Wise people do not trust that they will be able to keep gear in a canoe or kayak dry, even on a sunny day when paddling carefully on fairly flat water.
Some gear you bring on an overnight would be useless if wet (especially anything with a down stuffing such as a down sleeping bag, as these take a long time to carefully and fully dry out).
We have had some success at keeping gear dry in large plastic bags (thicker bags with less risk of tearing, such as 2 mil trash compactor bags), but dry bags are the best choice.
We don’t trust any dry bag that says it is waterproof and breathable. Goretex jackets can be, but for storing gear we want fully waterproof.
For most of our Grand Teton National Park kayaking sightseeing we kayak two people per craft, (but for an overnight went go as single paddlers, with our sleeping bags, clothes, etc. in dry bags and the seats adjusted as needed).
We paddle in the rain (but never during a thunderstorm), so our cameras need to be kept completely dry. We can get them out of a dry bag for a photo by holding them under a cover, but no, paddling with umbrellas isn’t practical (except for a fun photo).
Some dry bags are more durable, others lighter weight and more flexible. Many bags advertise that they are “resistant to punctures and abrasion,” but if you put in anything that could cause a tear, that surface of the item should be padded. Likewise anything that could be damaged if you drop the dry bag needs sufficient paddling.
If you use clear plastic dry bags you can put a map showing through, and not have the risk of the map getting soaked or blowing away:
Most dry bags will float if they fall into the water IF they are not too full of heavy things – a dry bag filled with only a down sleeping bag will have lots of air in it, even after you stuff the sleeping bag into its stuff bag, but a dry bag with multiple cameras / lenses, might not be able to float.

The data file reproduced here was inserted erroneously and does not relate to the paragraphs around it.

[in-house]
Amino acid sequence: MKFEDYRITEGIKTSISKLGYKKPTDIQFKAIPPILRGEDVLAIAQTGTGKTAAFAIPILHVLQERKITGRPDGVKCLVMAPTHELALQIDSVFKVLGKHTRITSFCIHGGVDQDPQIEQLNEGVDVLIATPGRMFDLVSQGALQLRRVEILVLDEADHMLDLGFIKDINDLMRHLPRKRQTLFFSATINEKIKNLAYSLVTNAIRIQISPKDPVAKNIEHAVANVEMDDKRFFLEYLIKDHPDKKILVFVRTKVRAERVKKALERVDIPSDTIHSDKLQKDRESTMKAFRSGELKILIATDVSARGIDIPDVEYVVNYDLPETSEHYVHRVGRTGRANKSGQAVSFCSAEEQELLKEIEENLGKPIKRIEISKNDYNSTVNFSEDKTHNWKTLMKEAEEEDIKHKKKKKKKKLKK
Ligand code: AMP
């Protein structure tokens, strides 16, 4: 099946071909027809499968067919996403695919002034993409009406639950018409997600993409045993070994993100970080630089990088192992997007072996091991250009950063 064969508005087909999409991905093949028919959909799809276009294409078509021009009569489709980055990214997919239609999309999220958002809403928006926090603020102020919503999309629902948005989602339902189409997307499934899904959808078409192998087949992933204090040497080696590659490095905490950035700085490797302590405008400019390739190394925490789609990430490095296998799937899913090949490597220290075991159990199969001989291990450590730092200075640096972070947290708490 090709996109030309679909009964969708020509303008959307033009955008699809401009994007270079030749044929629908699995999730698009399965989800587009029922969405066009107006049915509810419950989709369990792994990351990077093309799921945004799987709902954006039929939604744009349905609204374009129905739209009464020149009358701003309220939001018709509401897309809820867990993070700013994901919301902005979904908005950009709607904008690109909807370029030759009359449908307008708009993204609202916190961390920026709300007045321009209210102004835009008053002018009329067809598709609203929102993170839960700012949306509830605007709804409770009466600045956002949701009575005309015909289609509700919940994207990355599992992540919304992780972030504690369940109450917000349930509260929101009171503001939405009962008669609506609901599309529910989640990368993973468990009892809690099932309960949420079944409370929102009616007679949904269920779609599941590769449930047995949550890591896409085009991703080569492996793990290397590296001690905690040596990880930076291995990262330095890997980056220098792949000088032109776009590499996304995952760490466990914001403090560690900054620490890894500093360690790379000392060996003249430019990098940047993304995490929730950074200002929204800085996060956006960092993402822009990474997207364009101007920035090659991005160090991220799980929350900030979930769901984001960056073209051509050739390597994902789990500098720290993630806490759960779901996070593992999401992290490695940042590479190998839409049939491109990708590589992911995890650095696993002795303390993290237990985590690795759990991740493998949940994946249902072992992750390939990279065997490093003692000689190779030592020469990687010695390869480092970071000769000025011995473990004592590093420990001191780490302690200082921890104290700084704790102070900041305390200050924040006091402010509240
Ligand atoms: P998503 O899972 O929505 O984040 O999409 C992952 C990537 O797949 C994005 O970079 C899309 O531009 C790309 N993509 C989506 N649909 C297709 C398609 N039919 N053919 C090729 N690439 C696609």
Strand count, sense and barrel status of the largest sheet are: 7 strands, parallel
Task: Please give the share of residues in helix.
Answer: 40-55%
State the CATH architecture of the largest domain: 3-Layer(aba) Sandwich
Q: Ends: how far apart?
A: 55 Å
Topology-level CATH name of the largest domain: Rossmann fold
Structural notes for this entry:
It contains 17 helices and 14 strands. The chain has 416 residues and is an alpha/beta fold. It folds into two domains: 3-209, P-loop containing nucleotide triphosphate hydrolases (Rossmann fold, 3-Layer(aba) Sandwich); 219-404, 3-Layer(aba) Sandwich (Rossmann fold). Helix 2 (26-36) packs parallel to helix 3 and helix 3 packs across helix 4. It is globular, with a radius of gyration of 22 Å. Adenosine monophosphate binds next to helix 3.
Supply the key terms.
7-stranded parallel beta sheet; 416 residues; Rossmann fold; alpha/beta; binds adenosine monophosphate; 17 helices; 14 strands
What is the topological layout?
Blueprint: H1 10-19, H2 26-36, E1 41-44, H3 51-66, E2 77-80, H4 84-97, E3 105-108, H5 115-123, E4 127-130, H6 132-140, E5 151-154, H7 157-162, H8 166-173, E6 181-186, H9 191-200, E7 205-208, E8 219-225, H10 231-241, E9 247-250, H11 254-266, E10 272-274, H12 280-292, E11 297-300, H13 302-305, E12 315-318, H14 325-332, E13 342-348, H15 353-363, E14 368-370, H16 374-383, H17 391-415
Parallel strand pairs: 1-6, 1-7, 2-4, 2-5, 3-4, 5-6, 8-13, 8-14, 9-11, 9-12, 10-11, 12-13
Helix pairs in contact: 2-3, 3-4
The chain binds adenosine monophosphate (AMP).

BUT if dry bags fall out of a boat you have the risk of them floating quickly away from you, so we always clip them onto a part of the boat when we do not actually have our hands on them, sometimes adding extra straps across the tops of bags.
Dry bags can be clipped to kayak or canoe thwarts to secure them:
The long blue dry bag above was purchased specifically to fit a spotter scope we like to bring.
When you buy them, most are listed by size, for example a small 1 liter to a large 35 liter, as well as specialized small bags “dry envelopes” for cell phones or ham radios. You should notice if this “volume” is measured with the roll-top closure rolled the full 3 times or not rolled at all. (See details below about sealing – folding and rolling the top of most styles of dry bags.)
And you should notice if the length measurement is measured with roll-top closure open or rolled the full three times. If the measurement given is when open, you will not be able to store an item that length in it. (For example, when we bought an extra long dry bag for a long spotter scope.)
One brand of dry bag we found listed what people can fit in various sizes:
“a layer and a meal or so worth of food,”
“8 liter: a puffy jacket & a sleeping bag or food for 2-3 days”
but if you store food in your dry bags, the bag will absorb food odors, and the clothes, etc. in the bag with them will as well. You might not notice the odor, but a bear or other animal, with a much better sense of smell than you, will. You will never be able to put a drybag that you stored food and toiletries like your toothpaste in, in your tent overnight.
If you leave it sitting out, an animal can quickly chew into it.
(People have had their day packs very quickly chewed into by ground squirrels who want their snacks when they left them sitting for just a moment).
Ravens are adept at poking into bags.
Instead of using the dry bags for food, we have had success with 2 mil trash compactor bags with cloth food bags or small soft lunch boxes inside them – and with bags for the more-trash-than-you-might-have-anticipated after an overnight.
To use a dry bag, start by filling it, leaving plenty of room to be able to fold / roll the top of the bag at least three times (or as the manufacturer suggests).
while holding the bag at the top, pull the opening flat, if possible getting extra air out so you can fit the dry bag more easily in your boat
then fold the top edge (in this case clear plastic) over the band (in this case black plastic) that has the clips at the ends of it,
and then just keep folding (or more like rolling as it gets bulkier) again and again
until you have folded it at least three times, (or as the manufacturer specifies) then clip the buckle pieces at the ends together
There are also specialized small dry bags, “dry envelopes,” for cell phones or ham radios, that clip or snap shut (shown here with a cell phone for size comparison).